Being able to pluck a crisp and tasty apple directly from a tree is one of life’s little pleasures. Apples just seem to taste better when they go right from the tree to your mouth. The great thing is that if you have the room on your Minnesota property, you can have your very own apple tree. There are just a few things you should know, however. Here are some tips to help you grow your own apple trees.
Sunshine and Cooling
Like all trees, apple trees need a certain amount of sunlight to thrive and survive. During the summer months, they should be in a spot where they get at least six hours of sunlight every day. A cooling down period during the winter is important to help encourage growth in the coming season. This need for cooling is why apple trees tend to thrive in the northern hemisphere.
Give Them Their Space
It is important to have a plan for how you will space out your trees. It takes around a decade for an apple tree to reach its largest size, so you do not want to underestimate the space needed around the spot you plant the tree. You can have them around a garden that needs shade in summer and light in winter, because they lose their leaves during the cold months. You should try to use a spot that has good drainage, although apple trees are very tolerant to different soil types and conditions.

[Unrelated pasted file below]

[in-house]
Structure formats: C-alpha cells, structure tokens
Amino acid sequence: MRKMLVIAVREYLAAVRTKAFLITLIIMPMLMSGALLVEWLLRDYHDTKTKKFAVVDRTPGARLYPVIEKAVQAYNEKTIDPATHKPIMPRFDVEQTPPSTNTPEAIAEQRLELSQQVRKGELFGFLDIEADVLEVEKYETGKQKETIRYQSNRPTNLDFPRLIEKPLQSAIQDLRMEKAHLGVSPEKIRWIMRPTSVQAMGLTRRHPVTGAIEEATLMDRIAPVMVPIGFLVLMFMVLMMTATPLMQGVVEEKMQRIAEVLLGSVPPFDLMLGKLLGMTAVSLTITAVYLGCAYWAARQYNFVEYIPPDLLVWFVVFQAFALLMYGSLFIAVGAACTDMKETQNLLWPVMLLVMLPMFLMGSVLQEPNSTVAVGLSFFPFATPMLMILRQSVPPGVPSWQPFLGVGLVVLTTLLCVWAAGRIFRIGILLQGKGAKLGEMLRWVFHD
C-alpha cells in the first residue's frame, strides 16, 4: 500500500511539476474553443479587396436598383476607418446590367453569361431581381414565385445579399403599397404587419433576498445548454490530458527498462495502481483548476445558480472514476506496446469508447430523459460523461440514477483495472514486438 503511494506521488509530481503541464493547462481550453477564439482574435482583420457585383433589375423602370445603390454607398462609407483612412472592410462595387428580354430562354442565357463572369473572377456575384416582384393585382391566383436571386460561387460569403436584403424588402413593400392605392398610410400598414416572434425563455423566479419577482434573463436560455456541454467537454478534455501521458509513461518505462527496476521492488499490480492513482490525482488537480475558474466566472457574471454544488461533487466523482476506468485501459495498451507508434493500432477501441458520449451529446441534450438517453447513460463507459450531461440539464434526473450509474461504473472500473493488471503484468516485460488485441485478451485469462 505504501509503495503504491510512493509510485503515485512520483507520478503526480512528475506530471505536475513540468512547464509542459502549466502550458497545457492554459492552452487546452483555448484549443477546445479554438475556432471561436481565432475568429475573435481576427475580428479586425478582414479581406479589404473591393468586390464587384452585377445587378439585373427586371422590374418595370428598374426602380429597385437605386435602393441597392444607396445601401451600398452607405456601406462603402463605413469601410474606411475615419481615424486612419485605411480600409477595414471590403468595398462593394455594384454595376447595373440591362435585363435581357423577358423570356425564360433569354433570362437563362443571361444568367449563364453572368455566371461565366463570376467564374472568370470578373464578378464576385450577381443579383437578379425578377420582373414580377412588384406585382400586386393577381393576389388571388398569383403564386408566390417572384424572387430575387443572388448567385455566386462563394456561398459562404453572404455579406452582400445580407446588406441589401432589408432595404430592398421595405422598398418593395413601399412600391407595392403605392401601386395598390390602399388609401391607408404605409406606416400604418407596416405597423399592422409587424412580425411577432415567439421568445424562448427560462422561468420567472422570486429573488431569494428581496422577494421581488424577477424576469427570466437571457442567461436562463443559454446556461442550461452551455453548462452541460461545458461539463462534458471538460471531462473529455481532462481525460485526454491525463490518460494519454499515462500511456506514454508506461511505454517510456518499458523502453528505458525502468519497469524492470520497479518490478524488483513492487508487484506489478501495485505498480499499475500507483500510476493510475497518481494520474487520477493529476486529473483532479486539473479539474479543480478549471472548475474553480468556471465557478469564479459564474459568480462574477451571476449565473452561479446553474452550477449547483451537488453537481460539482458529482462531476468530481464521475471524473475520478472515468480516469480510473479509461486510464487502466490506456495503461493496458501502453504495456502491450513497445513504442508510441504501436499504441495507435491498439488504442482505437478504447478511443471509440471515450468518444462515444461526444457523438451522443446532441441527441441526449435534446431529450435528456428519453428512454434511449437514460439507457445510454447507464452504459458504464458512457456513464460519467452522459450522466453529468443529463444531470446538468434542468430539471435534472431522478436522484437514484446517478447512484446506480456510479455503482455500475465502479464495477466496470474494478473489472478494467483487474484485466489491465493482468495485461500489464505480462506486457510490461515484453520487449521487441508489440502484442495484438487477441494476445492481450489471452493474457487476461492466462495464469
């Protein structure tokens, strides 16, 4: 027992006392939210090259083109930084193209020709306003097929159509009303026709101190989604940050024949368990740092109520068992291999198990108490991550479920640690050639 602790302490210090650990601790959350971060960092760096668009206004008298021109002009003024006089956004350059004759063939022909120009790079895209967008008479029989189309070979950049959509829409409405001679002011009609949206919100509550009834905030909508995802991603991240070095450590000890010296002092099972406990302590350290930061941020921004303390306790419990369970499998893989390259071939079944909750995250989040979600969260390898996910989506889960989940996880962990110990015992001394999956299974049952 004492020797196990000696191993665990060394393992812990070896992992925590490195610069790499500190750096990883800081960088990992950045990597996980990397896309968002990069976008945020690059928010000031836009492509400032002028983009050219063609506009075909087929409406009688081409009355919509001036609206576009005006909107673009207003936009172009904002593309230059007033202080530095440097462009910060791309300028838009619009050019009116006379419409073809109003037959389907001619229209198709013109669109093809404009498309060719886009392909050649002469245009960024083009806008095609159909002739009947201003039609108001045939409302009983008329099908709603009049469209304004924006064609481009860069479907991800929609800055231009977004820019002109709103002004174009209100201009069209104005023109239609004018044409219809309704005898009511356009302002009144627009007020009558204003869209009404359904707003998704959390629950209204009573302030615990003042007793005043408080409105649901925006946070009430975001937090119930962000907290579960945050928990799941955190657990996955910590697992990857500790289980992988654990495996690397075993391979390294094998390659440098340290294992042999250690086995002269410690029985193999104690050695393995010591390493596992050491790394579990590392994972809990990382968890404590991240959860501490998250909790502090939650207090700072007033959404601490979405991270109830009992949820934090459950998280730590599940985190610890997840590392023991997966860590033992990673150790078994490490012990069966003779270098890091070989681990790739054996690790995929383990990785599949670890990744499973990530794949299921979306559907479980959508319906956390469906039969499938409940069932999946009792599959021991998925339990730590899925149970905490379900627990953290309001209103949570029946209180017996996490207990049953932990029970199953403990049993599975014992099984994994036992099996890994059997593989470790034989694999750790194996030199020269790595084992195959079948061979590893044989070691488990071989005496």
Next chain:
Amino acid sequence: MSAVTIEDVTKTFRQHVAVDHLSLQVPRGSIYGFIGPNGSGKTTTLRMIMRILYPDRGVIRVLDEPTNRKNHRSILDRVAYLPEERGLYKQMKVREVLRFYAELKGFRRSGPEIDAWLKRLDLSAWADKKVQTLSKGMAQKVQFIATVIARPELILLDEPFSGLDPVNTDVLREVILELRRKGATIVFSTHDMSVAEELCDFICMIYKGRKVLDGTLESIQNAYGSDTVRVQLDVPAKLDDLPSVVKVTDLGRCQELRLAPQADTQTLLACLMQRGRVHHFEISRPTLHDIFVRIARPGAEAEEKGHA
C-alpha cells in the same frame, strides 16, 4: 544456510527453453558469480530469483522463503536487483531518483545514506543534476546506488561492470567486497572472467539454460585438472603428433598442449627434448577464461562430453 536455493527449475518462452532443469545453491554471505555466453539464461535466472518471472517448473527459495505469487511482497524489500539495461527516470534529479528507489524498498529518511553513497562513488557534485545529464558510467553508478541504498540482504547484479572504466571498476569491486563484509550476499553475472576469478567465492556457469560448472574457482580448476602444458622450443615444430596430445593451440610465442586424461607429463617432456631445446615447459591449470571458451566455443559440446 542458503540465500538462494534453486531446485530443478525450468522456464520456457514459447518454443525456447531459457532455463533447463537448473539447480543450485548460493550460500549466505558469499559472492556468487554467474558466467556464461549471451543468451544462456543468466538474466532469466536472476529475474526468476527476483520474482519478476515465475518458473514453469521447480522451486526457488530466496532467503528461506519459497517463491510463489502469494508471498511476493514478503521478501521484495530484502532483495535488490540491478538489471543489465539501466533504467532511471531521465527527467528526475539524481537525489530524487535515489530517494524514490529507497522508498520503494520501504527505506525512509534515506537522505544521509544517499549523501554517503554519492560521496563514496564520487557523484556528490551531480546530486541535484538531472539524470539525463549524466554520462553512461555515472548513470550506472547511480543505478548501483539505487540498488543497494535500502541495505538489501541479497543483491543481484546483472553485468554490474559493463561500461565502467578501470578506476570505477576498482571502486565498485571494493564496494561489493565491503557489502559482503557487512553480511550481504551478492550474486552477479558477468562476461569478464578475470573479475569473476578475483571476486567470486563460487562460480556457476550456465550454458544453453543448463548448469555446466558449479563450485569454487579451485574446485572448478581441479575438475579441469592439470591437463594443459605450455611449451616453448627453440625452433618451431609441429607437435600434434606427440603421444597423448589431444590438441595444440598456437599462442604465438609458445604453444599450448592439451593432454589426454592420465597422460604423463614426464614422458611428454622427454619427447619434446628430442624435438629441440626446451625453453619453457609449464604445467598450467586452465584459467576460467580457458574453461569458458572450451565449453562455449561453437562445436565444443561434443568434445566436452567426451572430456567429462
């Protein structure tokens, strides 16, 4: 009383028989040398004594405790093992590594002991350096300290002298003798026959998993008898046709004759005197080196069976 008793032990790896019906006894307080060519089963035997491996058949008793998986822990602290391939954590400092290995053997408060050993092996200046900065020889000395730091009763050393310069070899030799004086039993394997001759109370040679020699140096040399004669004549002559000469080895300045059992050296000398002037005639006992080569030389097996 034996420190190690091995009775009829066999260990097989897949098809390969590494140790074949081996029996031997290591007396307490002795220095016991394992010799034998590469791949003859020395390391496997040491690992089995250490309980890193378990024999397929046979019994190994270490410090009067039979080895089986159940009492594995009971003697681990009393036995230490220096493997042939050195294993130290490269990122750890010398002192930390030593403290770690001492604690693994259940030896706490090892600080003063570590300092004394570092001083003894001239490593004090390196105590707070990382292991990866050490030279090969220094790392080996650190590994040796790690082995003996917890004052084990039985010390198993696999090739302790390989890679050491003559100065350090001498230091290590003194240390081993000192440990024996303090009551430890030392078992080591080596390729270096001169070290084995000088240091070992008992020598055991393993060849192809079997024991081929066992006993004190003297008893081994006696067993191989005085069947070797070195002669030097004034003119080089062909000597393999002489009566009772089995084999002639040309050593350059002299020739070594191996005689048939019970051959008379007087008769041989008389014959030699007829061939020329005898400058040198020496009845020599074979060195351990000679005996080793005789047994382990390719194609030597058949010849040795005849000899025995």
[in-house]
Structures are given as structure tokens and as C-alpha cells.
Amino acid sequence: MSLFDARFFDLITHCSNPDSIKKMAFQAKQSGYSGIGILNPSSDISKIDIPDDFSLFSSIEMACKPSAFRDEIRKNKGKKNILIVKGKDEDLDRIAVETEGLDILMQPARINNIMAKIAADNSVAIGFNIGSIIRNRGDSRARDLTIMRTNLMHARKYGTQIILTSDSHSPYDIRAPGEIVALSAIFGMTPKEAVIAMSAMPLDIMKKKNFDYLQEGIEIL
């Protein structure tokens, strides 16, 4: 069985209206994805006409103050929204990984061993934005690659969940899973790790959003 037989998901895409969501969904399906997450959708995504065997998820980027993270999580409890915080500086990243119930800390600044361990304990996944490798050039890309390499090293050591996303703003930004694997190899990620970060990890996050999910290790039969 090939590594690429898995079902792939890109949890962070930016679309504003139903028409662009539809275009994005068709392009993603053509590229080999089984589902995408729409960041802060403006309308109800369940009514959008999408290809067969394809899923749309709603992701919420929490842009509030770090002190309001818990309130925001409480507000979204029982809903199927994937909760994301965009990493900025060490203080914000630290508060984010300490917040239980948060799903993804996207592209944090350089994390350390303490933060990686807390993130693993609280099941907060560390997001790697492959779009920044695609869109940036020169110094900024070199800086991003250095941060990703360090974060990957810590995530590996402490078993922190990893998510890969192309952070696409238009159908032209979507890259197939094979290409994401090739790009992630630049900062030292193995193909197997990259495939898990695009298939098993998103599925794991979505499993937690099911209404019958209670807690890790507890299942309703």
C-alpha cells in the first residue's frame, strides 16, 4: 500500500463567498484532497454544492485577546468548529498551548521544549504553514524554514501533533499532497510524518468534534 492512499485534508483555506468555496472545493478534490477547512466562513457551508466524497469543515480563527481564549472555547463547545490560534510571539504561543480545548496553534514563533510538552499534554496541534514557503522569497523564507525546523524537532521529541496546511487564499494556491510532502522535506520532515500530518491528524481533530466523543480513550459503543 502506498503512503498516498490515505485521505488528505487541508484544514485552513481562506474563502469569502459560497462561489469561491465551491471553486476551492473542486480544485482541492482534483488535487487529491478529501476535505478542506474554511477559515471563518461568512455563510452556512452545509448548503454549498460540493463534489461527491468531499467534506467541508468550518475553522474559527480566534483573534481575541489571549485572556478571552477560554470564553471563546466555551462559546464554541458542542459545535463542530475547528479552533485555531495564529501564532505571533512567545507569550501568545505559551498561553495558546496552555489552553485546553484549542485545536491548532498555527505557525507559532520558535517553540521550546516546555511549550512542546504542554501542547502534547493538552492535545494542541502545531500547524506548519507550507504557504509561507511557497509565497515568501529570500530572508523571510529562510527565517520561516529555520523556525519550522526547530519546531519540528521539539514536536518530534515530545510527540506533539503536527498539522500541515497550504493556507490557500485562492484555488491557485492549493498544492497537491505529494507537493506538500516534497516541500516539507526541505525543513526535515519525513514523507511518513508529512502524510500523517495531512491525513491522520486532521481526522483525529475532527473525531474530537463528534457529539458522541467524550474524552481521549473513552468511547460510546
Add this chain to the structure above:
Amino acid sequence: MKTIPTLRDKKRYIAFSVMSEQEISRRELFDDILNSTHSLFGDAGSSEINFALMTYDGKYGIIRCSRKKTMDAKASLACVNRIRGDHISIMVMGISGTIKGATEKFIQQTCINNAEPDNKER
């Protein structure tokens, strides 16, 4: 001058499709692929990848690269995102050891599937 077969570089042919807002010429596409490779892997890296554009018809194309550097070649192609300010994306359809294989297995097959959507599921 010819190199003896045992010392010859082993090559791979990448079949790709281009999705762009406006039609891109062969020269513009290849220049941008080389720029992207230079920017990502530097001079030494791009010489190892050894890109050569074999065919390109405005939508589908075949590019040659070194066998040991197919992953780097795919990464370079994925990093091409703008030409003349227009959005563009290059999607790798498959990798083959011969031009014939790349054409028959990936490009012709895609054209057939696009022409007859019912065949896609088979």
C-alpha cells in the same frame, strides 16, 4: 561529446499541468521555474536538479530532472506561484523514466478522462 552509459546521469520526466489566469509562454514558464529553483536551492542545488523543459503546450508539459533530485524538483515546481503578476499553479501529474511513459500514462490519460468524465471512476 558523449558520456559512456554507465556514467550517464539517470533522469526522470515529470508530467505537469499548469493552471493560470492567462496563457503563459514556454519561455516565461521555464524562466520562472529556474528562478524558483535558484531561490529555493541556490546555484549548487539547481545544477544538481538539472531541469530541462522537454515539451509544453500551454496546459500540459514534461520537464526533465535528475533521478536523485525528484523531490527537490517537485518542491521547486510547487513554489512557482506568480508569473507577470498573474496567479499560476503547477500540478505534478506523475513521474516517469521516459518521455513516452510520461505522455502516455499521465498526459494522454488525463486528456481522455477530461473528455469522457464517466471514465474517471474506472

When to Plant
The best time to plant an apple tree is November, but you can wait all the way until March if you would like. If you buy a sapling, make sure that it looks healthy and strong. You should plant it in moist soil as soon as possible. If the root dries out it may hamper the tree’s development.
How to Plant
The hole you dig should be deep and wide enough to place the entirety of the roots inside without being tangled. You may have to detangle them yourself. Fill the hole, and compress the soil to make sure that its the roots are always touching the soil. The graft should be above the soil line. If you need a stake, then by all means us one, at least until the tree is better established. Give it a good watering, and you are good to go!